My seventh open letter to Mr. Mitt Romney on immigration
Dear Mr. Romney,
The immigration issue is about America defining itself at the beginning of the 21st century. Is America a place where people born here are entitled to cutting coupons from the wealth accumulated by previous generations? And, should they guard this wealth from being accessed by immigrants? Or, does America embody the concept of individual freedom? The concept that the well-being of the nation would be best achieved when individuals will be guaranteed the freedoms to pursue their best economic interests? We have to revisit the fundamental question of what we want our government to do. Should it guarantee an equal right to pursue happiness for everyone, or should it provide at least a little bit of happiness for as many Americans as possible?
Conservatism was mentioned in almost every presidential debate. Professor Milton Friedman was a conservative. So was Father Charles E. Coughlin. Could you define your conservatism Mr. Romney? Sometimes, I am under impression that the more parochial and narrow-minded a view is, the more conservative you see it. How much more conservative along this path do you want to be? Did you use the same approach when working at Bain Capital?
Since 1924, we have had a malfunctioning immigration policy. We stick to the concept of closed borders with government controlling the inflow of immigrants. So far you seem to be following the prevailing mantra that we should not take responsibility for our failure in enforcing our own policy. You echo the voices from the street that our failure should be blamed on others, and that instead of correcting our action, we should do with greater determination the same thing that has not been working so far. Did you use the same approach when resolving problems at Bain Capital?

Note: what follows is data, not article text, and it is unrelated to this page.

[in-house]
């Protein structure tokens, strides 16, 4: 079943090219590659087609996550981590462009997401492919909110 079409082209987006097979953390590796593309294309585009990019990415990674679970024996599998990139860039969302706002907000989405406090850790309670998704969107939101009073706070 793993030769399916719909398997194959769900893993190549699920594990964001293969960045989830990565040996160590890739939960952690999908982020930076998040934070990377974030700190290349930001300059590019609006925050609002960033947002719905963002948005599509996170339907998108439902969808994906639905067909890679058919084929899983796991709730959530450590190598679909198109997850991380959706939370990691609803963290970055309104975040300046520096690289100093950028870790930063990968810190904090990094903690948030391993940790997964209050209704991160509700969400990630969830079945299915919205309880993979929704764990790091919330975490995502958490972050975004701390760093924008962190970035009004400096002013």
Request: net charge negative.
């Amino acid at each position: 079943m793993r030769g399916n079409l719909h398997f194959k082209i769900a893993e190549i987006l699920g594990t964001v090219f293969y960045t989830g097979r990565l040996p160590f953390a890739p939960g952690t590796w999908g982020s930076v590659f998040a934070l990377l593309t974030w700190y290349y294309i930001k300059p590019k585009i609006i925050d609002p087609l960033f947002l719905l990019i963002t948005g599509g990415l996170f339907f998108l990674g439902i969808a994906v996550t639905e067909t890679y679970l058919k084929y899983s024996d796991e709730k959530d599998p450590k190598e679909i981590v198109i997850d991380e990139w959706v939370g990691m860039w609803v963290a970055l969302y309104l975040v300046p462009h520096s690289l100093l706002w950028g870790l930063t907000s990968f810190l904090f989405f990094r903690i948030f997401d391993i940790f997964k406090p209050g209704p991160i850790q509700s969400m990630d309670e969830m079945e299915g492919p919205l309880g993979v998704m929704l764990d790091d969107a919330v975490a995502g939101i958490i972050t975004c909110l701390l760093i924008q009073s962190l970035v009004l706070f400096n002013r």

In the media, the immigration agenda has been besieged by a small group of fast-talking commentators that represent narrow-minded anti-immigration sentiment, originating from nativist concepts, empowered by the social nationalistic strand among conservatives. They are full of lofty patriotic phraseology but are short on facts and logic. The arguments are sometimes laughable; however, in the mouths of influential political commentators and politicians, they are simply dangerous. We observe a very peculiar cycle: intellectually shallow political commentators spread anti-immigrant demagogy, the disoriented public seems to go for it, and the politicians follow the public, giving extra momentum to the anti-immigrant rhetoric of the commentators. Individuals that might have doubts suppress their thoughts, being overwhelmed by high-pitched patriotic demagogy about protecting borders, terrorists, illegal aliens, and preserving American values. This self-propelling nonsense gets momentum all the way to the hallways in Washington.
If you are as skillful and talented a businessman as you claim, do not you see the nonsense of our current immigration policy? Do not you see the shallowness of the anti-immigration rhetoric? You claim that you will support entrepreneurship in America, and out of the other side of your mouth you promise to chase out illegal immigrants instead of assimilating them. You cannot do both. Could you clarify for me when you lie and when you tell the truth? I am puzzled that instead of finding a creative way to resolve our almost one hundred year old problem, in your political declarations you mindlessly follow an angry mob which is almost literally craving for the blood of illegal immigrants. Are you afraid that you have no chance of being elected by telling Americans as it is? Or, do you actually not know our problems and have no original ideas for what to do? I mean, besides following the mob mindlessly.
My inquiry amounts to the Shakespearian dilemma you face: to lead, or not to lead, that is the question.
Huffington Post refused to publish this text. Henryk A. Kowalczyk is a long-term blogger at Huffington Post, and letters to Mr. Romey are the only texts that editors of HP ever rejected.